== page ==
And God says that’s not going to happen anymore! “I myself will be their shepherd! I’m going to fix this. I’m going to restore everything. I’m going to make everything right. I myself will be their shepherd!”

badsheepEzekiel 34 is also about sorry sheep: older women who think they run everything, younger men who think they know everything, rich people who think they own everything. And they only care about getting their way. They use their experience and knowledge and education and wealth to get it. They don’t just want the blessings of God, they want the blessings you’re getting, too. It’s not enough to have a lot, they want more. And if they need to take it from others, they will. They assert their opinions about everything. They ignore or completely discount the opinions and feelings of others. These sorry sheep push and shove and they leave a trail of devastated people behind them. Hurt feelings and broken relationships. And it’s driving the sheep away.

And God says that’s not going to happen anymore. “I myself will judge between the fat sheep and the lean sheep! I will save my flock. I’m going to fix this problem. I’m going to make this right. I myself will be their shepherd!”

I read Ezekiel 34 and sometimes it makes me sick.

badshepherdsBecause sometimes we can be really lousy leaders. God rips into the bad shepherds because they’re ignoring the fat sheep who are running over the other sheep. Sometimes church leaders don’t want to challenge church bullies because they don’t want the conflict. Sometimes the fat sheep are the big givers. Sometimes preachers just preach safe messages — they don’t confront the pushing and shoving — because they don’t want anybody to leave. Elders and ministers don’t always take care of the weak sheep like we’re supposed to. Taking care of wounded sheep is hard and painful and time-consuming. It’s work. Sometimes we pay more attention to and rule in favor of the fat sheep who can yell down or outspend the broken sheep. Sometimes church leaders crave the attention themselves. Some of us are tempted by the spotlight. And sometimes we do want our own way. Sometimes we’ll do something or say something only to save our own necks. And our selfishness and inconsistencies can sometimes drive people away. God help us.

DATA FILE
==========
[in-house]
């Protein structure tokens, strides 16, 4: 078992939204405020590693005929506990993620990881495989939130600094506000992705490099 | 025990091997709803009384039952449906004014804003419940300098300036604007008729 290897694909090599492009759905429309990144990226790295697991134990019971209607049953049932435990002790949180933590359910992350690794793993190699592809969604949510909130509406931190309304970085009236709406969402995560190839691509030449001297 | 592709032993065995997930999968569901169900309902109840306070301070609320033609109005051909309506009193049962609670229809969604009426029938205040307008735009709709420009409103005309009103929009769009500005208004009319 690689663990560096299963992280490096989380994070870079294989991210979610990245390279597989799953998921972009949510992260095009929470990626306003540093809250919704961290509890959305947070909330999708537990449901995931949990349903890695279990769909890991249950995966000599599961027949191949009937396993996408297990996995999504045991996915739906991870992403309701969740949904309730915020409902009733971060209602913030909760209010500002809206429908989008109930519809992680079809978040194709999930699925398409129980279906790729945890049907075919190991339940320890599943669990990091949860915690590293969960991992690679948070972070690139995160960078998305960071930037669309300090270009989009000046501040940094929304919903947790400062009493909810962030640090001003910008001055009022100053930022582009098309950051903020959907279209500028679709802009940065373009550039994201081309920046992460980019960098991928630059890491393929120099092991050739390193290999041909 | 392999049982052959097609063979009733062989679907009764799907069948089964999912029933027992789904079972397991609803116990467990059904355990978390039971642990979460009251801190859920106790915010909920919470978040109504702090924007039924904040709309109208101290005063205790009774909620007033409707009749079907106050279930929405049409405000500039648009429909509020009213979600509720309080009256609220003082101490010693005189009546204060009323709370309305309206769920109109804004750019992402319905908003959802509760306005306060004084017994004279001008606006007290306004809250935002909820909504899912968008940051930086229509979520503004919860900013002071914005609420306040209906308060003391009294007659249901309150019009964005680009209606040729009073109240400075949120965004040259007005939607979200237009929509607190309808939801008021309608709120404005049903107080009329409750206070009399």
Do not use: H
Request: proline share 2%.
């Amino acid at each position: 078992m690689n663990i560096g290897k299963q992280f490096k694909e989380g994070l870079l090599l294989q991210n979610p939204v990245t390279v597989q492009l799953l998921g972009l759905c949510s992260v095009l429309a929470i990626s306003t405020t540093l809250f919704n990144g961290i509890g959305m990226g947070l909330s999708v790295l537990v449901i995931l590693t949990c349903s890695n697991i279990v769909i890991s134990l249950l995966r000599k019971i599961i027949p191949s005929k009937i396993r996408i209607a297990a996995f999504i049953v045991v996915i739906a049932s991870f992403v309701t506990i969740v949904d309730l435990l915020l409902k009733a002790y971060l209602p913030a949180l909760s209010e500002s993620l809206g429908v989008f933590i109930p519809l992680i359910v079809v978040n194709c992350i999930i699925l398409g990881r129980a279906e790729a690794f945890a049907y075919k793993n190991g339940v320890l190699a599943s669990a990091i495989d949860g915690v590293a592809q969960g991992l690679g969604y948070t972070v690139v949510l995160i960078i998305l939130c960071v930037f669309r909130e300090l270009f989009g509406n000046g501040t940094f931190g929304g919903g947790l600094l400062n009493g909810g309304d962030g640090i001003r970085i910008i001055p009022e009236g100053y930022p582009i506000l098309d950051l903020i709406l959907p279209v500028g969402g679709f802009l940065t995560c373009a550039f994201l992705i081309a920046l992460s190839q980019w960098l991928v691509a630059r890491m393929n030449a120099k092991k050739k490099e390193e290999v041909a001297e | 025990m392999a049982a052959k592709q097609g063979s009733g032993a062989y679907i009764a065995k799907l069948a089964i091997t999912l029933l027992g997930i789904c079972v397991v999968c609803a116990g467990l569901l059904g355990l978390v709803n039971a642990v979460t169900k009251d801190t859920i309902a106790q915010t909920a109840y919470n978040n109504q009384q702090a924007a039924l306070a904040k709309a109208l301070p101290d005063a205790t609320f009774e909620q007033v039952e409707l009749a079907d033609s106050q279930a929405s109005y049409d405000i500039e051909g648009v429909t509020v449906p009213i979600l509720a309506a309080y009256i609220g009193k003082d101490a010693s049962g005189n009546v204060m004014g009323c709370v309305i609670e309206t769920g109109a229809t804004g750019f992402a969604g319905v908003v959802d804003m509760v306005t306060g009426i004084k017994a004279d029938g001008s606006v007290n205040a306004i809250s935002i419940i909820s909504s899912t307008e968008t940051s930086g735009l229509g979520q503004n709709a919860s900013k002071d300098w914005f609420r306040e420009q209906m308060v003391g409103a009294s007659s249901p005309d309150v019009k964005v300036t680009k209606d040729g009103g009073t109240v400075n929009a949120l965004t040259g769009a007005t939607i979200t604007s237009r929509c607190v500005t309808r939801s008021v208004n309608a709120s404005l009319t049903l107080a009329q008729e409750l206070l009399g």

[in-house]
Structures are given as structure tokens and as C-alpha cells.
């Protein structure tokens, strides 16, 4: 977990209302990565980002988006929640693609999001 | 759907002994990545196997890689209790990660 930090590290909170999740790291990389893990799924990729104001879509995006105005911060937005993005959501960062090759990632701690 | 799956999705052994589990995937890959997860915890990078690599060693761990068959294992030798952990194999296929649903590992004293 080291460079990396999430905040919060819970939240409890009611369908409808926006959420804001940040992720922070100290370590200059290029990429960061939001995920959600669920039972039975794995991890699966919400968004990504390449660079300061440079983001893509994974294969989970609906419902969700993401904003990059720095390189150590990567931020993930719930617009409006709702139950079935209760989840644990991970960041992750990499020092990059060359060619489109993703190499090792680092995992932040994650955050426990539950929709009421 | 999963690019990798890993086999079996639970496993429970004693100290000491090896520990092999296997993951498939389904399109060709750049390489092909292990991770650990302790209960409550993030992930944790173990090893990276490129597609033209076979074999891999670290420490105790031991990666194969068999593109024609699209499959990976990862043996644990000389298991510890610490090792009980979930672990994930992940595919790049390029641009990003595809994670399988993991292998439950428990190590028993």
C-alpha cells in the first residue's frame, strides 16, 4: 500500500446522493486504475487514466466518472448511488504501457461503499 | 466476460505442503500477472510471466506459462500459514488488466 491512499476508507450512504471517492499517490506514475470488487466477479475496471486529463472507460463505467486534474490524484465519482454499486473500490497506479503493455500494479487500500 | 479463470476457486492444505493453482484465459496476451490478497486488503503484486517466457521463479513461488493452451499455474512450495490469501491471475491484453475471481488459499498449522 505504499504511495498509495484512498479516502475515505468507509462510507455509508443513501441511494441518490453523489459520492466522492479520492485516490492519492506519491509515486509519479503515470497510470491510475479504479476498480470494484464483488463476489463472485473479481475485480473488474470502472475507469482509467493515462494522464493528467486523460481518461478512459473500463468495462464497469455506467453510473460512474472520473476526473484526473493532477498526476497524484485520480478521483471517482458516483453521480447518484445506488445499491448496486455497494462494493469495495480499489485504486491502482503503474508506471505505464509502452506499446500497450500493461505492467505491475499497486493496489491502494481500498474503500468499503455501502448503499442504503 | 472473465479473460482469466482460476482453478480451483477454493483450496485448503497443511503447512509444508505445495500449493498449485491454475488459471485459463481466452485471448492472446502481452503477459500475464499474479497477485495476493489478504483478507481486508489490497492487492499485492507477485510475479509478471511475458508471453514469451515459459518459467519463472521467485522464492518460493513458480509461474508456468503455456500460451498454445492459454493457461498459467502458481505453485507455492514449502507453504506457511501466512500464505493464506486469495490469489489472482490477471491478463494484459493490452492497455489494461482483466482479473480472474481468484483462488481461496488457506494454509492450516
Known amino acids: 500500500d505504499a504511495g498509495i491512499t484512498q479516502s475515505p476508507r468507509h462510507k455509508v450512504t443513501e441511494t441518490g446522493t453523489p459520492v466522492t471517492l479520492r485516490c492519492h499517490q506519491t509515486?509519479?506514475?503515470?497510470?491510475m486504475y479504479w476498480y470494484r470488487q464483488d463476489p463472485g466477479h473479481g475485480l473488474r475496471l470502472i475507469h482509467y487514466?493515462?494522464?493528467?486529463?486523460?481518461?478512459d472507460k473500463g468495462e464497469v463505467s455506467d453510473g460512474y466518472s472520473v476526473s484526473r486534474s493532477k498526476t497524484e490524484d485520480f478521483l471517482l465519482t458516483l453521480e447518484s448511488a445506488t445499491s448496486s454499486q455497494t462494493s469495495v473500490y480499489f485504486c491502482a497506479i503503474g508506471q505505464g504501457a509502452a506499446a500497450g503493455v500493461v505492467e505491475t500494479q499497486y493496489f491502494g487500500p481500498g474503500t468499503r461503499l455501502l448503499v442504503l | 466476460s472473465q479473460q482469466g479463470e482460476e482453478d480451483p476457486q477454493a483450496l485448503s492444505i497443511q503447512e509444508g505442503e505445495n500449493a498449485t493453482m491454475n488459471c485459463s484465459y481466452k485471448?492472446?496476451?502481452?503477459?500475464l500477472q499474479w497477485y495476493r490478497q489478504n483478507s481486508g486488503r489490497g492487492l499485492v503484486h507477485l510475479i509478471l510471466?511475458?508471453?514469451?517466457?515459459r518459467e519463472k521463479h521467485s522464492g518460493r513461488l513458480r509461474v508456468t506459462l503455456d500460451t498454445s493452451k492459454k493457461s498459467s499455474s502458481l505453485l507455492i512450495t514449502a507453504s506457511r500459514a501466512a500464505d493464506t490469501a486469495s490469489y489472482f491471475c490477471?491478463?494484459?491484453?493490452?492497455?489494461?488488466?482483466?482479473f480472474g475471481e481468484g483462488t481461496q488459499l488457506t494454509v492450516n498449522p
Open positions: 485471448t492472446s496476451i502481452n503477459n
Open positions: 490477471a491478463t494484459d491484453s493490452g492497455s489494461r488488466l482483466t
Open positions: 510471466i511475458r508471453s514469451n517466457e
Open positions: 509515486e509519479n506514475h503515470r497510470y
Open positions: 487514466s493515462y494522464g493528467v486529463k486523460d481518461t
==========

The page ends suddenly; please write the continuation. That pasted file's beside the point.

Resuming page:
If you have ever felt run over by anybody in church, I’m sorry. If you have ever felt like your feelings have been dismissed or your opinions have been discounted by any church leaders, I’m sorry. If I have ever used my position as the preacher to shove you or run over you, please forgive me. I’m sorry. I’m know I’m capable of those things. God, help me.